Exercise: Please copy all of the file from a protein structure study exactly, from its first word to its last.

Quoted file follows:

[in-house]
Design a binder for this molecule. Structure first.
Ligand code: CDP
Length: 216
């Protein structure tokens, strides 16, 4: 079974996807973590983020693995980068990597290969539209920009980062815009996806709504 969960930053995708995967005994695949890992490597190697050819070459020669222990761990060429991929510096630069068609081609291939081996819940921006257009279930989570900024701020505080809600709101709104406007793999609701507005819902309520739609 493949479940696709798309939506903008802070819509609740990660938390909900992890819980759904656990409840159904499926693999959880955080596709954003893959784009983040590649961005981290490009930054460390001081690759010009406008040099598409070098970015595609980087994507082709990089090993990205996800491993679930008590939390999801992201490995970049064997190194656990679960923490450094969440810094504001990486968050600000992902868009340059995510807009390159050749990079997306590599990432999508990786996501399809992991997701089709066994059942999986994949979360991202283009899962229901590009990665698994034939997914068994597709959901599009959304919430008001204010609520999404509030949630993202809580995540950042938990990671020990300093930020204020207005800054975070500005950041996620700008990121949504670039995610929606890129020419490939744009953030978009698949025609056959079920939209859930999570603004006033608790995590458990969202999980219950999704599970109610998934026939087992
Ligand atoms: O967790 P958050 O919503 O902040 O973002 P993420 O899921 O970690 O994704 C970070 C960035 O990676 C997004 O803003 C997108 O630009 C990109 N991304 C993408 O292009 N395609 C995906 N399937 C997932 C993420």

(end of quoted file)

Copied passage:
[in-house]
Design a binder for this molecule. Structure first.
Ligand code: CDP
Length: 216
């Protein structure tokens, strides 16, 4: 079974996807973590983020693995980068990597290969539209920009980062815009996806709504 969960930053995708995967005994695949890992490597190697050819070459020669222990761990060429991929510096630069068609081609291939081996819940921006257009279930989570900024701020505080809600709101709104406007793999609701507005819902309520739609 493949479940696709798309939506903008802070819509609740990660938390909900992890819980759904656990409840159904499926693999959880955080596709954003893959784009983040590649961005981290490009930054460390001081690759010009406008040099598409070098970015595609980087994507082709990089090993990205996800491993679930008590939390999801992201490995970049064997190194656990679960923490450094969440810094504001990486968050600000992902868009340059995510807009390159050749990079997306590599990432999508990786996501399809992991997701089709066994059942999986994949979360991202283009899962229901590009990665698994034939997914068994597709959901599009959304919430008001204010609520999404509030949630993202809580995540950042938990990671020990300093930020204020207005800054975070500005950041996620700008990121949504670039995610929606890129020419490939744009953030978009698949025609056959079920939209859930999570603004006033608790995590458990969202999980219950999704599970109610998934026939087992
Ligand atoms: O967790 P958050 O919503 O902040 O973002 P993420 O899921 O970690 O994704 C970070 C960035 O990676 C997004 O803003 C997108 O630009 C990109 N991304 C993408 O292009 N395609 C995906 N399937 C997932 C993420």